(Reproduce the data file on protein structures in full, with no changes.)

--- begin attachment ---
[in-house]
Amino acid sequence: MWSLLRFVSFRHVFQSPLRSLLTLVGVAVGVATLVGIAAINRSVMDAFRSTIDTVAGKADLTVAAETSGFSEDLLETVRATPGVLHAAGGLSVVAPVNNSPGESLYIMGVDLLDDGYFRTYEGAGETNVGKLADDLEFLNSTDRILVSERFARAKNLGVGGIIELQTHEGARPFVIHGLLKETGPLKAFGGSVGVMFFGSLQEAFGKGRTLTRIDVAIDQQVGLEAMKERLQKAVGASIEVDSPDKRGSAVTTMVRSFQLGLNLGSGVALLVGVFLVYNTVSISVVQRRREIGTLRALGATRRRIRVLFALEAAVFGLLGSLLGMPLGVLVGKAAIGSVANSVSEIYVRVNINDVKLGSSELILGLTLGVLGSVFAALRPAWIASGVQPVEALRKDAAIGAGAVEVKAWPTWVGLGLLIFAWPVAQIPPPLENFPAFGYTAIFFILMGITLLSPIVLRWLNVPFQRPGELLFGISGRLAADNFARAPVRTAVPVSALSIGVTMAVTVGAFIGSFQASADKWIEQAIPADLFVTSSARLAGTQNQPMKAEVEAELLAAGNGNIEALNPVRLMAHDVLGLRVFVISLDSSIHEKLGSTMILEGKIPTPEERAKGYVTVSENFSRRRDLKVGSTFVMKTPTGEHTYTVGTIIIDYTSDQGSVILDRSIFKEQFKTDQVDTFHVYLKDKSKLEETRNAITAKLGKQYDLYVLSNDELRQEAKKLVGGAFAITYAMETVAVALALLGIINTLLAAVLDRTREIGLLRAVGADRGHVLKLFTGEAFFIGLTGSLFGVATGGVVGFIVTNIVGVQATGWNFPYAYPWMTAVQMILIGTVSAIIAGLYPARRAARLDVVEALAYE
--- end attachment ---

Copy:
[in-house]
Amino acid sequence: MWSLLRFVSFRHVFQSPLRSLLTLVGVAVGVATLVGIAAINRSVMDAFRSTIDTVAGKADLTVAAETSGFSEDLLETVRATPGVLHAAGGLSVVAPVNNSPGESLYIMGVDLLDDGYFRTYEGAGETNVGKLADDLEFLNSTDRILVSERFARAKNLGVGGIIELQTHEGARPFVIHGLLKETGPLKAFGGSVGVMFFGSLQEAFGKGRTLTRIDVAIDQQVGLEAMKERLQKAVGASIEVDSPDKRGSAVTTMVRSFQLGLNLGSGVALLVGVFLVYNTVSISVVQRRREIGTLRALGATRRRIRVLFALEAAVFGLLGSLLGMPLGVLVGKAAIGSVANSVSEIYVRVNINDVKLGSSELILGLTLGVLGSVFAALRPAWIASGVQPVEALRKDAAIGAGAVEVKAWPTWVGLGLLIFAWPVAQIPPPLENFPAFGYTAIFFILMGITLLSPIVLRWLNVPFQRPGELLFGISGRLAADNFARAPVRTAVPVSALSIGVTMAVTVGAFIGSFQASADKWIEQAIPADLFVTSSARLAGTQNQPMKAEVEAELLAAGNGNIEALNPVRLMAHDVLGLRVFVISLDSSIHEKLGSTMILEGKIPTPEERAKGYVTVSENFSRRRDLKVGSTFVMKTPTGEHTYTVGTIIIDYTSDQGSVILDRSIFKEQFKTDQVDTFHVYLKDKSKLEETRNAITAKLGKQYDLYVLSNDELRQEAKKLVGGAFAITYAMETVAVALALLGIINTLLAAVLDRTREIGLLRAVGADRGHVLKLFTGEAFFIGLTGSLFGVATGGVVGFIVTNIVGVQATGWNFPYAYPWMTAVQMILIGTVSAIIAGLYPARRAARLDVVEALAYE